At the PRI, we encourage signatories to be active owners. We know that investors have the ability, by working individually or collaboratively with other investors, to effect change not only within their own organisations but also to influence the behaviour of companies and other entities in which they are invested through, for example, encouraging these companies and other entities to improve their management systems, performance issues and reporting on environmental, social and governance (ESG) these issues.

Given the PRI’s wide range of signatories in terms of size, geographic and experience of using ESG, we appreciate that a “one size fits all” approach will not work with our signatory base. Rather, we need to help signatories find strategies for incorporating responsible investment that work best within their own particular organisation.

This is one of the reasons why we emphasise the importance of collaborative engagement. We actively work with our signatories on a range of topics from incorporating ESG into executive pay to human rights to water risks. And we are starting to address more asset classes such as fixed income, private equity and hedge funds. At the end of last year, we published a report “The Case for Investor Engagement in Public Policy,” which made the case for how asset owners and
investment managers can be a force for change if they work together to engage policymakers.

Our engagements utilise the PRI Clearinghouse, a global platform for collaborative engagement initiatives. It provides PRI signatories with a private forum to pool resources, share information, enhance influence and engage with companies, stakeholders, policymakers and other actors in the investment value chain on environmental, social and corporate governance issues across different sectors and regions. Close to 500 PRI signatories have been involved in at least one collaborative initiative since the platform was launched at the end of 2006, and close to 600 collaborative proposals have been posted. Invitations to collaborate are posted by both asset owners and investment managers.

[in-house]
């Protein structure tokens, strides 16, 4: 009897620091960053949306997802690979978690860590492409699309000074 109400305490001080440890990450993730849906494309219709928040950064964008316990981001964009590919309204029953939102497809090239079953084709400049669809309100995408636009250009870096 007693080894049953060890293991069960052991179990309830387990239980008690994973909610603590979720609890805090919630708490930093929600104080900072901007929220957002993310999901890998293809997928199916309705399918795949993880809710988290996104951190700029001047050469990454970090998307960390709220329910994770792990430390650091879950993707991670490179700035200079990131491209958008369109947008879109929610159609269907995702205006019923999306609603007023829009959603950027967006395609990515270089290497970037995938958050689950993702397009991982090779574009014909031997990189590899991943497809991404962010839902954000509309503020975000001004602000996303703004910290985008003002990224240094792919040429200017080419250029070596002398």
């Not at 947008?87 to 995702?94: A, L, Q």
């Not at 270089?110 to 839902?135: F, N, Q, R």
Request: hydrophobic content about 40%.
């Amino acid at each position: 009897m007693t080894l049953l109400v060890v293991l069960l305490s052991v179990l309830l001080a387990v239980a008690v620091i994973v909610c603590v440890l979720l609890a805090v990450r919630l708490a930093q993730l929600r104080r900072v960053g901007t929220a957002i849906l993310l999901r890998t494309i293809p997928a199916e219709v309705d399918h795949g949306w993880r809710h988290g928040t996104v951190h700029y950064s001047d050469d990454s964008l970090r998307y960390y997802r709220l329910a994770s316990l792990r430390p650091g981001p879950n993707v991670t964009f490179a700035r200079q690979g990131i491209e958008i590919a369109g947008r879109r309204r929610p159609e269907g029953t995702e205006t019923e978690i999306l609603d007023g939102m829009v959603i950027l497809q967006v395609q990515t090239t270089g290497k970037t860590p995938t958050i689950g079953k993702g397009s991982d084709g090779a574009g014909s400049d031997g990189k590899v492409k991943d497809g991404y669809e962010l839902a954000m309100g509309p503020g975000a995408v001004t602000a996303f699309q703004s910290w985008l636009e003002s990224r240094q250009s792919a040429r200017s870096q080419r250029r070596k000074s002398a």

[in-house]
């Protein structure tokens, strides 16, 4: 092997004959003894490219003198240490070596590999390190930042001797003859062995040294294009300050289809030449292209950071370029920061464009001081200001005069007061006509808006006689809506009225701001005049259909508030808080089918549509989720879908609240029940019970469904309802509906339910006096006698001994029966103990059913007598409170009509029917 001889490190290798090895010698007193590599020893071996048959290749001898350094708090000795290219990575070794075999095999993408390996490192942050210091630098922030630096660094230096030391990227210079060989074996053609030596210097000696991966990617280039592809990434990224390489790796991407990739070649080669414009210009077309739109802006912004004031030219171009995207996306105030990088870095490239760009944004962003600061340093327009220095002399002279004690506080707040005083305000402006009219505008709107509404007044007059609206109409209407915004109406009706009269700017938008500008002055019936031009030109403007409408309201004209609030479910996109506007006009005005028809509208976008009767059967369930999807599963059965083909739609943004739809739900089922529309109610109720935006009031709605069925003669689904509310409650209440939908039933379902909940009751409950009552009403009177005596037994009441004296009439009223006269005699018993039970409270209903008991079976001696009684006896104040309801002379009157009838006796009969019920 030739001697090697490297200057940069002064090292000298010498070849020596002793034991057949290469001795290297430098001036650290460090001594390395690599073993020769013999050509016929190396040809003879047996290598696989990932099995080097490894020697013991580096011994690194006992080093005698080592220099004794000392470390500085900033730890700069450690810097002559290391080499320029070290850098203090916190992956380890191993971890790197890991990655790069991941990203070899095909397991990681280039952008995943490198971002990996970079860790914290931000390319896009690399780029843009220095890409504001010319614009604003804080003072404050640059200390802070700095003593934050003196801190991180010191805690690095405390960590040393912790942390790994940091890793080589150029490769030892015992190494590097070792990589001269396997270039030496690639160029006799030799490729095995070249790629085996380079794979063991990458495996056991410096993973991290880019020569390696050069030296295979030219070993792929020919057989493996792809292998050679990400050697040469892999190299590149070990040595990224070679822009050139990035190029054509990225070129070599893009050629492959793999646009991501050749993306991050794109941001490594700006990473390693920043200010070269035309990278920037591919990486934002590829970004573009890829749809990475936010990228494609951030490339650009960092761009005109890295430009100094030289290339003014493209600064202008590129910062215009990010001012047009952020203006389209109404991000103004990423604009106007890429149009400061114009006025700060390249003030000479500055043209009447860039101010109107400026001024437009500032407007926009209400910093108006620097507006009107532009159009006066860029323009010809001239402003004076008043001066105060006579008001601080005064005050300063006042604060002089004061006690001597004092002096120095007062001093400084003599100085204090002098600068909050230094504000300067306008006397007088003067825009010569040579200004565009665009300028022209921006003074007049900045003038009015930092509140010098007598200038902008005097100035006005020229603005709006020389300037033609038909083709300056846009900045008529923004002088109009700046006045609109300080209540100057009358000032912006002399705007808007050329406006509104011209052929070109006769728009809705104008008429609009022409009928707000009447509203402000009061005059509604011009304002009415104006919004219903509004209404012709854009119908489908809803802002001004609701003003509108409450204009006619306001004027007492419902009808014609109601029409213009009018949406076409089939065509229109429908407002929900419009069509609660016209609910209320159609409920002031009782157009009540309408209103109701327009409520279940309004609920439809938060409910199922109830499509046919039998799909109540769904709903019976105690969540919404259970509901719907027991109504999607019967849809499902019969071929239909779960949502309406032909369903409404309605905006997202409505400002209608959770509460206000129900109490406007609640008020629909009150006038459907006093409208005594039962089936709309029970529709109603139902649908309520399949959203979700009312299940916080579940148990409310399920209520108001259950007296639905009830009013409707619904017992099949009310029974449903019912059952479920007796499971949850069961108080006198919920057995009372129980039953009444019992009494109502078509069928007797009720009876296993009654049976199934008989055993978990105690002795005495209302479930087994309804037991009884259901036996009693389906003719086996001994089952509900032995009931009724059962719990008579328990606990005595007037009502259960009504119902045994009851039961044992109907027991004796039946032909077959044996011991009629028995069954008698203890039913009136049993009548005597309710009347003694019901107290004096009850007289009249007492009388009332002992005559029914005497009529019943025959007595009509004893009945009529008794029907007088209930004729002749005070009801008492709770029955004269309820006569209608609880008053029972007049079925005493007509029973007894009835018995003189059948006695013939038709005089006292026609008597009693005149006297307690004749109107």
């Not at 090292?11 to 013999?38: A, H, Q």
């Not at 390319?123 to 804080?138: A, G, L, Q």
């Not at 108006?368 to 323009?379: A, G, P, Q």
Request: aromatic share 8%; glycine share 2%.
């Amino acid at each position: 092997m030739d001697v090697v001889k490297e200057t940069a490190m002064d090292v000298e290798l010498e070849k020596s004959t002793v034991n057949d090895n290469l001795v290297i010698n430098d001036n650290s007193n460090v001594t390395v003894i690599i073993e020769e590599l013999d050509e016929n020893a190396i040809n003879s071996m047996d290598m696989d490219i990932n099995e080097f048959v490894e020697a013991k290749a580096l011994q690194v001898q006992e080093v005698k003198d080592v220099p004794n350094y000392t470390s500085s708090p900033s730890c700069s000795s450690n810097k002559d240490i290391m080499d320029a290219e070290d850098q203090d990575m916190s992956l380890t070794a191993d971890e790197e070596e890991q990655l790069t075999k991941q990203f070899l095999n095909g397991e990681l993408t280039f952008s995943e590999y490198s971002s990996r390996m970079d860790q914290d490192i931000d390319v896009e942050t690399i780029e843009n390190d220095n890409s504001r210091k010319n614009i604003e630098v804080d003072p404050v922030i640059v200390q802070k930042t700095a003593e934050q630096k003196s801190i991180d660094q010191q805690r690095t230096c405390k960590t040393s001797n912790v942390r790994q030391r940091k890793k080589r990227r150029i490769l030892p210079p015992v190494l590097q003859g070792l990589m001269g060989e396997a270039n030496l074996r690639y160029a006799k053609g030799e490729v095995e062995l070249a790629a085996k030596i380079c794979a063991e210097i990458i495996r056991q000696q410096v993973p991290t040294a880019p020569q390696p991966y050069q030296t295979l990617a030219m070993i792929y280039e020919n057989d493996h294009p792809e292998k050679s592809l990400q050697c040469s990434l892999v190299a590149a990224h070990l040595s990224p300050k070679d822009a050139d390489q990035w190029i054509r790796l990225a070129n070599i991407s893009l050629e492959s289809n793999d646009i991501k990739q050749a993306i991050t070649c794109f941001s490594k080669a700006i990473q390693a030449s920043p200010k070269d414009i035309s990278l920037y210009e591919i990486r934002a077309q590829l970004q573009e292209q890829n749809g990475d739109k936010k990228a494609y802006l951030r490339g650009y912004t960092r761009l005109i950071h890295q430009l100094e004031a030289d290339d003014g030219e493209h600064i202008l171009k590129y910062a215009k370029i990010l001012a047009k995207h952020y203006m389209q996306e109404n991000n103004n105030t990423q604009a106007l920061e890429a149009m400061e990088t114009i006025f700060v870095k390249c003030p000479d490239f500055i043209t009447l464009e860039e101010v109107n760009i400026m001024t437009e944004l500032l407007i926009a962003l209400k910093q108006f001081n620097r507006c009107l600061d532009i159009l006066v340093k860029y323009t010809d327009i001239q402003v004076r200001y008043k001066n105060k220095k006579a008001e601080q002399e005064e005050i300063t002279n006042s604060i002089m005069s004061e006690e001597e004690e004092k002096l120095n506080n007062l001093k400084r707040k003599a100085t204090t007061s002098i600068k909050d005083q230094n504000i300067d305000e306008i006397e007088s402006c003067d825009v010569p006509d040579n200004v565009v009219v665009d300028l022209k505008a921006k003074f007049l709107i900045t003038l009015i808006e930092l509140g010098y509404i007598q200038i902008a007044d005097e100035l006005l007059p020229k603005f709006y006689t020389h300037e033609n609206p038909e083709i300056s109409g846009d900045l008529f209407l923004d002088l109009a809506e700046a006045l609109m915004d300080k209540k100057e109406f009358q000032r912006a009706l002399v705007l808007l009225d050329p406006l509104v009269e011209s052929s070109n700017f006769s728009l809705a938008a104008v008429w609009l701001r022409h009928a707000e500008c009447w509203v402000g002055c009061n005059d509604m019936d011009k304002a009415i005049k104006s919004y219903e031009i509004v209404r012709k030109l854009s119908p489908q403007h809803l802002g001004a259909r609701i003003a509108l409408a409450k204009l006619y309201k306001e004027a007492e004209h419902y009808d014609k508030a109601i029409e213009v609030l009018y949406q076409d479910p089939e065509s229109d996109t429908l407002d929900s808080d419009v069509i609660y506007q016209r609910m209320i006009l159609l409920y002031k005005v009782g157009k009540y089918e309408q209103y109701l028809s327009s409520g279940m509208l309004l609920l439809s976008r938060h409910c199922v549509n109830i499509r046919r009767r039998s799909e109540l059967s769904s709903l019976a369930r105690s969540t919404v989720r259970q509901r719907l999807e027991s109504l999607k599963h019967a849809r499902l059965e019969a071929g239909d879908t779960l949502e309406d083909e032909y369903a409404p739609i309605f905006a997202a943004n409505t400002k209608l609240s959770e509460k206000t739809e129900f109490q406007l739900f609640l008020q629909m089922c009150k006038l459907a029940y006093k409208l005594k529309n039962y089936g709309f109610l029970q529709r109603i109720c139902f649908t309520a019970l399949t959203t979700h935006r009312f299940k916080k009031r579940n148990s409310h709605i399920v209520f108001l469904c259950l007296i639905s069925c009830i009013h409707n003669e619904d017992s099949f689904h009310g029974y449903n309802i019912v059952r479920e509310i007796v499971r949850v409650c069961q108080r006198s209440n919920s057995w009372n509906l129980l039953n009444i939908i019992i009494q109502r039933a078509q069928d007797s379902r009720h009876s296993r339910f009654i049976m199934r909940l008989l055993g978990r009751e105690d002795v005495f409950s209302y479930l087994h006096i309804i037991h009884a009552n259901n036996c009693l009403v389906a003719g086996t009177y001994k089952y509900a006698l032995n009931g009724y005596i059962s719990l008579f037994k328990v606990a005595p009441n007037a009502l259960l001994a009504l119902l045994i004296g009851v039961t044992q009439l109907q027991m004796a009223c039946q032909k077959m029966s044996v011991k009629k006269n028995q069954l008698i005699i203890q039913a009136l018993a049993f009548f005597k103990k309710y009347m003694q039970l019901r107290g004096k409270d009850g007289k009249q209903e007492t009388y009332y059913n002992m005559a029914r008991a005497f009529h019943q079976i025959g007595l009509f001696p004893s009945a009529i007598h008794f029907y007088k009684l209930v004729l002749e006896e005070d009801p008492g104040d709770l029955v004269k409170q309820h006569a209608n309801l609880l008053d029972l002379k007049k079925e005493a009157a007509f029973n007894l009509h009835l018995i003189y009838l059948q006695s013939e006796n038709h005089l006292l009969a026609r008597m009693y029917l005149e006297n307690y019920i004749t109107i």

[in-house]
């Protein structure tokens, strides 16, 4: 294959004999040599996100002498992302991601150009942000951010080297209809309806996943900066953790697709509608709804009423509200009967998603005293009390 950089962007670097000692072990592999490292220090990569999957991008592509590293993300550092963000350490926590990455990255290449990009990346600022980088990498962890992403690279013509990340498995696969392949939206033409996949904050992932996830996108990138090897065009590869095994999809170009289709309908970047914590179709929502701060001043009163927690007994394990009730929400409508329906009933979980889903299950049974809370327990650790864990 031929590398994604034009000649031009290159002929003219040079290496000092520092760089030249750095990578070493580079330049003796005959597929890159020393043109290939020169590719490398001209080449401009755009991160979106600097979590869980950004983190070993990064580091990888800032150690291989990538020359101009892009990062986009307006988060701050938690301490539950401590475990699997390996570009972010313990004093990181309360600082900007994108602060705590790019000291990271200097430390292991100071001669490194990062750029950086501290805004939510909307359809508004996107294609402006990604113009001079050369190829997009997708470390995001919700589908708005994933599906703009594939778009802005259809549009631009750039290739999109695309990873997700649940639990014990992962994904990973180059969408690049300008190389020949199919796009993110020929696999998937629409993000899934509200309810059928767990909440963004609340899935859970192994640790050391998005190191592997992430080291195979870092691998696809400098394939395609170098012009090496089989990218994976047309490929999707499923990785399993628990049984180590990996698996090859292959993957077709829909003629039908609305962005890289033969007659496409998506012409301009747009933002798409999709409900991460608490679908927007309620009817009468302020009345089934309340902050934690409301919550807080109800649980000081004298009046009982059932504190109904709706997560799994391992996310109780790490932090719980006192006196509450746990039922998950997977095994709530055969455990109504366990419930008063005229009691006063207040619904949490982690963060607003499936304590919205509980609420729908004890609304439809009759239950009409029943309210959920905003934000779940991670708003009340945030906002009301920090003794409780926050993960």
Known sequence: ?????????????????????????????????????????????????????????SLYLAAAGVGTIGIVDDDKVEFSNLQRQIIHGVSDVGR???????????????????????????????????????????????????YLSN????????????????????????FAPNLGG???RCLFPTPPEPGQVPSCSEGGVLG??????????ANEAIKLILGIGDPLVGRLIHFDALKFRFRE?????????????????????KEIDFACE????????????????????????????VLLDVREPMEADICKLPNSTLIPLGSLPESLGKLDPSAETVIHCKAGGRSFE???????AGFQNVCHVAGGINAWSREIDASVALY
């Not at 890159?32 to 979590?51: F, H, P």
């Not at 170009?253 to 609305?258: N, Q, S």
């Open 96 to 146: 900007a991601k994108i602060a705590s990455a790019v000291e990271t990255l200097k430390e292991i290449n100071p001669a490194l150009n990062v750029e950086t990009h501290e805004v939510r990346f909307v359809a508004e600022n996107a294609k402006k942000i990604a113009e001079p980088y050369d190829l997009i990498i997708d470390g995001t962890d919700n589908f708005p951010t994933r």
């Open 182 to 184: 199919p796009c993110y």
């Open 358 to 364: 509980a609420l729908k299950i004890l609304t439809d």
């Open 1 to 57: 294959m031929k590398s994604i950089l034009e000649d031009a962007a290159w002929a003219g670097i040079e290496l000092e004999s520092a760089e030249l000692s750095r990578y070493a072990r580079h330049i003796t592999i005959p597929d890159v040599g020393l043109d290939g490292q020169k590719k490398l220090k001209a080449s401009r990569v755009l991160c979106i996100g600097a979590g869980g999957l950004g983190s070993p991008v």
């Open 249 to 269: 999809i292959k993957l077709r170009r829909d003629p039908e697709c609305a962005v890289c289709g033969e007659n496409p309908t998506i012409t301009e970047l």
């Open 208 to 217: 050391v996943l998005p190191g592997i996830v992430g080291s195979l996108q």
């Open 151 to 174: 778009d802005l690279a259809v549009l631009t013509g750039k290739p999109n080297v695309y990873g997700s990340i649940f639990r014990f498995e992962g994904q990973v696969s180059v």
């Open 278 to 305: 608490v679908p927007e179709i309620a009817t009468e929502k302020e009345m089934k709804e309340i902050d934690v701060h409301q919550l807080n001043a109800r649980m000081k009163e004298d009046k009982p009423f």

Some of these collaborative engagements afford the opportunity for asset owners and investment managers to work together more closely. One of the PRI’s key messages has always been that asset owners need to more closely vet the investment managers with whom they work so that responsible investment strategies move robustly across the financial services chain.Looking ahead to the coming months, PRI plans to publish data that will provide guidance on how asset owners can select investment managers that will support responsible investment strategies. We are also developing a platform that will enable signatories to share reporting and assessment data reports with one another, thereby allowing signatories to learn best practices from their peers. And we are looking forward to our annual conference in September, PRI in Person, which for the first time, will be held in London. PRI in Person provides a unique opportunity for our global signatories to meet, hear from industry, corporate and government leaders and share information with one another.

As our signatories well know, the PRI is not a passive organisation. Once signatories agree to sign up to the Principles, we expect them to try and become leaders in responsible investment and set the tone for other organisations. We look forward to continuing our work with signatories to help them find their voice in the world of responsible investment.

Fiona Reynolds is Managing Director of the Principles for Responsible Investment (PRI).